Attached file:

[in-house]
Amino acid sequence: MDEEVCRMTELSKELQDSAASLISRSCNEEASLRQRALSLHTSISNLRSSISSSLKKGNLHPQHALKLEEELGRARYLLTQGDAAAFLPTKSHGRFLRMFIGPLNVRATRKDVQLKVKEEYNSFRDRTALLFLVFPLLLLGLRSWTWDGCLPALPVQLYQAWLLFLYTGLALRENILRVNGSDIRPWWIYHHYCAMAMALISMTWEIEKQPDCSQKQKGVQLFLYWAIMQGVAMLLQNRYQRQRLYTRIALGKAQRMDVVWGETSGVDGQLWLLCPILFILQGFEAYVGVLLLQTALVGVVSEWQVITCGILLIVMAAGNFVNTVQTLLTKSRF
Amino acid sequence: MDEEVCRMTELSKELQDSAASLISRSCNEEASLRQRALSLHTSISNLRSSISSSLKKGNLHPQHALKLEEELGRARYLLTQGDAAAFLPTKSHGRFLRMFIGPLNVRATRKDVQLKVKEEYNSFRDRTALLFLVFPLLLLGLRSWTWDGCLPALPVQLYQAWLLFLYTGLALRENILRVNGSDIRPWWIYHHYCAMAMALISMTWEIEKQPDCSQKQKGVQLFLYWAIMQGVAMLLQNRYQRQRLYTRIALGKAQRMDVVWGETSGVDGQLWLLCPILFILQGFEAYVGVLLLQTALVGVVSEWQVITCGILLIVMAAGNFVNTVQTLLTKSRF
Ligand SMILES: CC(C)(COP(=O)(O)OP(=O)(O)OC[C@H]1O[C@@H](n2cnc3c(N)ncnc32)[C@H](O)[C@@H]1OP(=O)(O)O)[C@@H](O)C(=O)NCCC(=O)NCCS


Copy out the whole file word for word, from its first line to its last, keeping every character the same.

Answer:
[in-house]
Amino acid sequence: MDEEVCRMTELSKELQDSAASLISRSCNEEASLRQRALSLHTSISNLRSSISSSLKKGNLHPQHALKLEEELGRARYLLTQGDAAAFLPTKSHGRFLRMFIGPLNVRATRKDVQLKVKEEYNSFRDRTALLFLVFPLLLLGLRSWTWDGCLPALPVQLYQAWLLFLYTGLALRENILRVNGSDIRPWWIYHHYCAMAMALISMTWEIEKQPDCSQKQKGVQLFLYWAIMQGVAMLLQNRYQRQRLYTRIALGKAQRMDVVWGETSGVDGQLWLLCPILFILQGFEAYVGVLLLQTALVGVVSEWQVITCGILLIVMAAGNFVNTVQTLLTKSRF
Amino acid sequence: MDEEVCRMTELSKELQDSAASLISRSCNEEASLRQRALSLHTSISNLRSSISSSLKKGNLHPQHALKLEEELGRARYLLTQGDAAAFLPTKSHGRFLRMFIGPLNVRATRKDVQLKVKEEYNSFRDRTALLFLVFPLLLLGLRSWTWDGCLPALPVQLYQAWLLFLYTGLALRENILRVNGSDIRPWWIYHHYCAMAMALISMTWEIEKQPDCSQKQKGVQLFLYWAIMQGVAMLLQNRYQRQRLYTRIALGKAQRMDVVWGETSGVDGQLWLLCPILFILQGFEAYVGVLLLQTALVGVVSEWQVITCGILLIVMAAGNFVNTVQTLLTKSRF
Ligand SMILES: CC(C)(COP(=O)(O)OP(=O)(O)OC[C@H]1O[C@@H](n2cnc3c(N)ncnc32)[C@H](O)[C@@H]1OP(=O)(O)O)[C@@H](O)C(=O)NCCC(=O)NCCS